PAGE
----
CO2 Trans-Critical Compressors

Officine Mario Dorin S.p.A.
Giacomo Pisano, Mauro Dallai

Carbon dioxide (R744 – CO2) is nowadays considered one of the most attractive long term solutions for commercial and industrial refrigeration applications, as well as for hot water heat pumps. This refrigerant thermodynamic characteristics lead to somewhat high discharge temperatures (up to 200°C), this having a significant impact on both oil temperature, thus affecting its lubricity, and refrigerant suction temperature and density, thus affecting compressor volumetric and isentropic efficiency. Therefore, improving discharge gas heat rejection it is possible to increase both compressor reliability and efficiency.

This work is aiming to offer a qualitative analysis of how different design concepts impact on compressor heat transfer and dissipation, leading to diverse performances both in terms of reliability and efficiency.

The use of carbon dioxide (R744 – CO2) is nowadays considered one of the most attractive long-term solutions for various applications, like commercial and industrial refrigeration, air-conditioning systems and hot water production, not only because it is a natural refrigerant but also because it often leads to energy efficiency gain when compared to standard installations.

However, specific components shall be used, especially when the system works in trans-critical conditions; CO2 systems are to date quite popular and this made dedicated components fully available, featuring same reliability and efficiency rating to equivalent HFC components.

The compressor, as the sole system moving part, represents one of the most critical component to be designed for such applications: several challenges have to be faced and solved, mainly linked to this refrigerant thermodynamic characteristics. Bearing in mind all these critical aspects, a new generation of CO2 trans-critical compressors has been developed, with displacements ranging from 1.1 m3/h to 26.6 m3/h and motor power ranging from 1.5 hp to 40 hp. Several design of experiments were evaluated and the main results are hereby summarised and described.

The newly developed compressor ranges (CD200, CD300, CD400) offer the largest choice in terms of available models, making it possible to realize installations of any size, from residential to commercial and industrial ones. Compressors are developed in semi-hermetic platforms with 2 and 4 cylinders and 4 poles motors; the various displacements are obtained by changing bore and stroke. Compressors are able to operate in a very broaden application envelope, with working pressures up to 150 bar; qualification life testing highlighted how robust the compressors are, being tolerant to work with differential pressures up to 120 bar and 200°C discharge temperatures.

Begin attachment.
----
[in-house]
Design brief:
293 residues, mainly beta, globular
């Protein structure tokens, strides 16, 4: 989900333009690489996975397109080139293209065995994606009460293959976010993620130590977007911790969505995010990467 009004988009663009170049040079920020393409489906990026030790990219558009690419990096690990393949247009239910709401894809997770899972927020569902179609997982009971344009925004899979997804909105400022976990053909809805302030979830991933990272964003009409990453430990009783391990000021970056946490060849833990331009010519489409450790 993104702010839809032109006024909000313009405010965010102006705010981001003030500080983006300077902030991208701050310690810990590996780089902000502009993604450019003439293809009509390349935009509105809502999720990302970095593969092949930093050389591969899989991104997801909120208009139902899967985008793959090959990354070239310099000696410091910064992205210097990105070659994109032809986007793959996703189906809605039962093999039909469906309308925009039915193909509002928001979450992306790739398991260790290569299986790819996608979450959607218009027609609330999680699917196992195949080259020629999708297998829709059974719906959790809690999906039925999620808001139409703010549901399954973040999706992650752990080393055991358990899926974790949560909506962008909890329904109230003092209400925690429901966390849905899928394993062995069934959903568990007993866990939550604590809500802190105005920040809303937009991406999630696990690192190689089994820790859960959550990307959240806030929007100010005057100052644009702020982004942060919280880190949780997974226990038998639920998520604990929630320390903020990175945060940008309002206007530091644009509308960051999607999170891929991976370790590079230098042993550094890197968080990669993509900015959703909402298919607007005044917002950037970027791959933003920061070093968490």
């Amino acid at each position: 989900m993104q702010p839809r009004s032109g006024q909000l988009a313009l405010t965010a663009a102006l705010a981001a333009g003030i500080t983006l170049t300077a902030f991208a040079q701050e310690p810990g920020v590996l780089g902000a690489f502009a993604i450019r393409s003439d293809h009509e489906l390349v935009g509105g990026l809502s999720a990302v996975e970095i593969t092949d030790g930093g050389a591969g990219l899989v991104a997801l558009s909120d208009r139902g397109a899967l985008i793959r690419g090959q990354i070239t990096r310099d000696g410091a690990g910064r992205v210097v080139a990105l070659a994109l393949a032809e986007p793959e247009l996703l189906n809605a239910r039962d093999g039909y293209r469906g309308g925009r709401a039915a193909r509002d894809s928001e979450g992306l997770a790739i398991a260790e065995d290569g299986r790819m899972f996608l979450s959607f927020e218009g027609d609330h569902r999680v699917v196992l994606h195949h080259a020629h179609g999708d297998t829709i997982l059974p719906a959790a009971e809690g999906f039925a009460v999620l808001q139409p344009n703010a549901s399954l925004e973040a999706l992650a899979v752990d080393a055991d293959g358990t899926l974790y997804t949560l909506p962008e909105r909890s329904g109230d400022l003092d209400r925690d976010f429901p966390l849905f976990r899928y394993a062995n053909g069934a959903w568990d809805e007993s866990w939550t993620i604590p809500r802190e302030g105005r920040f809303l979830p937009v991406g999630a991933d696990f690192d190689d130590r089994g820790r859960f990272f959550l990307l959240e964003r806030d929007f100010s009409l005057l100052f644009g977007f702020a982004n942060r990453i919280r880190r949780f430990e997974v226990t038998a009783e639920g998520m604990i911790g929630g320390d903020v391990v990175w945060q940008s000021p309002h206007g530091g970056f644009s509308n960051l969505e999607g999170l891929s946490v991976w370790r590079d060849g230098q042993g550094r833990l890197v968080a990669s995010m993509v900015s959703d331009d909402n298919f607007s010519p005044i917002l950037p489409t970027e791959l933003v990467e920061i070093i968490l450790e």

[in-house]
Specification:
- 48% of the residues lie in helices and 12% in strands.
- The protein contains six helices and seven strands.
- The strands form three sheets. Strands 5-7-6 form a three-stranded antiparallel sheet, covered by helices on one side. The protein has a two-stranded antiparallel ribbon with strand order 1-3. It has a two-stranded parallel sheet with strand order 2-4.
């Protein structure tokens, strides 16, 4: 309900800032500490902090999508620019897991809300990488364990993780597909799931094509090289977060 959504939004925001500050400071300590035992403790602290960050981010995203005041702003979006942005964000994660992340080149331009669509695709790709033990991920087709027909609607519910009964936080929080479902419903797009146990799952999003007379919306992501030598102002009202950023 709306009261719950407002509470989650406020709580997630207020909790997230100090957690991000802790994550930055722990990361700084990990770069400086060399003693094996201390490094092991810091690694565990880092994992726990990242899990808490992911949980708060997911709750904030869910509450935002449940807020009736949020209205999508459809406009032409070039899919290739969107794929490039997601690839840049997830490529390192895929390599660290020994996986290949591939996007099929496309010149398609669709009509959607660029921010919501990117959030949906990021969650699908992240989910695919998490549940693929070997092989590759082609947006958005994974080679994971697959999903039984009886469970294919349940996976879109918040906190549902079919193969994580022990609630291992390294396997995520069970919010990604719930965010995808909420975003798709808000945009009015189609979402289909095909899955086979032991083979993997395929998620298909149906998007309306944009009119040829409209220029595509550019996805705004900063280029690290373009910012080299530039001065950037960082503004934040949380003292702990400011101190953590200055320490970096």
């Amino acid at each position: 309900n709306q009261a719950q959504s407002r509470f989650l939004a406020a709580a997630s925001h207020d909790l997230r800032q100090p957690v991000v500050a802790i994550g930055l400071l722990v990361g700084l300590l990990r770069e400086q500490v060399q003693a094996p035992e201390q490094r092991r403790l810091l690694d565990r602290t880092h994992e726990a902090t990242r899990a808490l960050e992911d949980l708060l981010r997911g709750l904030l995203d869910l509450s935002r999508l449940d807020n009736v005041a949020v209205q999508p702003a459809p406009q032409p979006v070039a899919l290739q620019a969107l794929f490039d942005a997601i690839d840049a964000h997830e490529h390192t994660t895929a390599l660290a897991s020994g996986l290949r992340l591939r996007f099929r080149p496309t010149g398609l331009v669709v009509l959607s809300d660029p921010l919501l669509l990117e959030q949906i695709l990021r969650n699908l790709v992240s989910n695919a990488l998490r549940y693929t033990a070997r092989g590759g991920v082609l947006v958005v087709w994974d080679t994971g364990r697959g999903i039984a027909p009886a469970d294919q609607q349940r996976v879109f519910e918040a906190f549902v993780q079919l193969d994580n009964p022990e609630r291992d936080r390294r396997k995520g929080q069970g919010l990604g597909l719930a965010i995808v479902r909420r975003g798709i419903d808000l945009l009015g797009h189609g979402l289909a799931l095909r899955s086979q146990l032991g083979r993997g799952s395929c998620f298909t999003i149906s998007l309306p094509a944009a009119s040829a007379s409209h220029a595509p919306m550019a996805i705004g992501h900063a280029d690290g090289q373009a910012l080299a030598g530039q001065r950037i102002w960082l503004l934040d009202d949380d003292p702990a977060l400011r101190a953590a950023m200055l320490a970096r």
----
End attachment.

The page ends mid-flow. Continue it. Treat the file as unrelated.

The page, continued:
The laboratory layout is shown in figure 1.

Figure 1: Laboratory layout
The compressor subject of this paper is model CD1900H, 11.62 m3/h, 20 hp. It has been thoroughly tested in various concepts, being equipped with pressure and temperature sensors to monitor its behaviour and performances.

A Coriolis mass flow meter has been used to measure refrigerant flow and a Wattmeter has been used to measure compressor power consumption.

A 68 cSt nominal viscosity oil (PAG) has been used as the lubricant.

Due to the very high end of compression temperature, particular focus has been given to the heat rejection at the high pressure side of the compressor; 2 main design of experiments (A and B) were realized and tested, and are shown in figure 2 and figure 3.

    Figure 2: Design of experiment A                         Figure 3: Design of experiment B

Concept B has the intention to thermally separate the head high pressure side (red) from the head low pressure side (blue) and the compressor body; this to be achieved by dissipating the heat to the ambient thanks to convection to surrounding atmosphere, thus avoiding or limiting heat thermal conduction to the compressor body and, especially, to the oil sump.

Experimental results are summarised and shown in figures 4 and 5.

Figure 4: Discharge and oil temperatures for Design of Experiment A and B

Figure 5: Volumetric and Isentropic efficiencies for Design of Experiments A and B

Figure 4 highlights important aspects relating to compressor reliability; in fact, design of experiment B brings to a consistent reduction of both end of compression and lubricant temperatures thanks to the aforementioned thermal heat dissipation. Therefore, design of experiment B is preferable as it leads to several advantages, for instance:

– lower end of compression temperature, leading to lower oil cracking risk

– lower lubricant temperature, leading to oil lubricity increase with consequent increase of compressor lifetime

At the same time, also figure 5 offers a clear indication on how design of experiment B is to be preferred, since it is greatly out-performing design of experiment A both in terms of volumetric and isentropic efficiencies.

This paper describes the experimental analysis conducted on 2 trans-critical carbon dioxide compressors.
The two concepts have been tested in equivalent rating conditions and the main operational parameters were recorded and analyzed. As predicted, consistent benefits are arising from the enhancement of the heat dissipation from the compressor high pressure side to the surrounding ambient, both in terms of reliability and performances.
A new trans-critical CO2 compressor generation is nowadays available for many kind of applications, featuring the technical advantages described in this paper.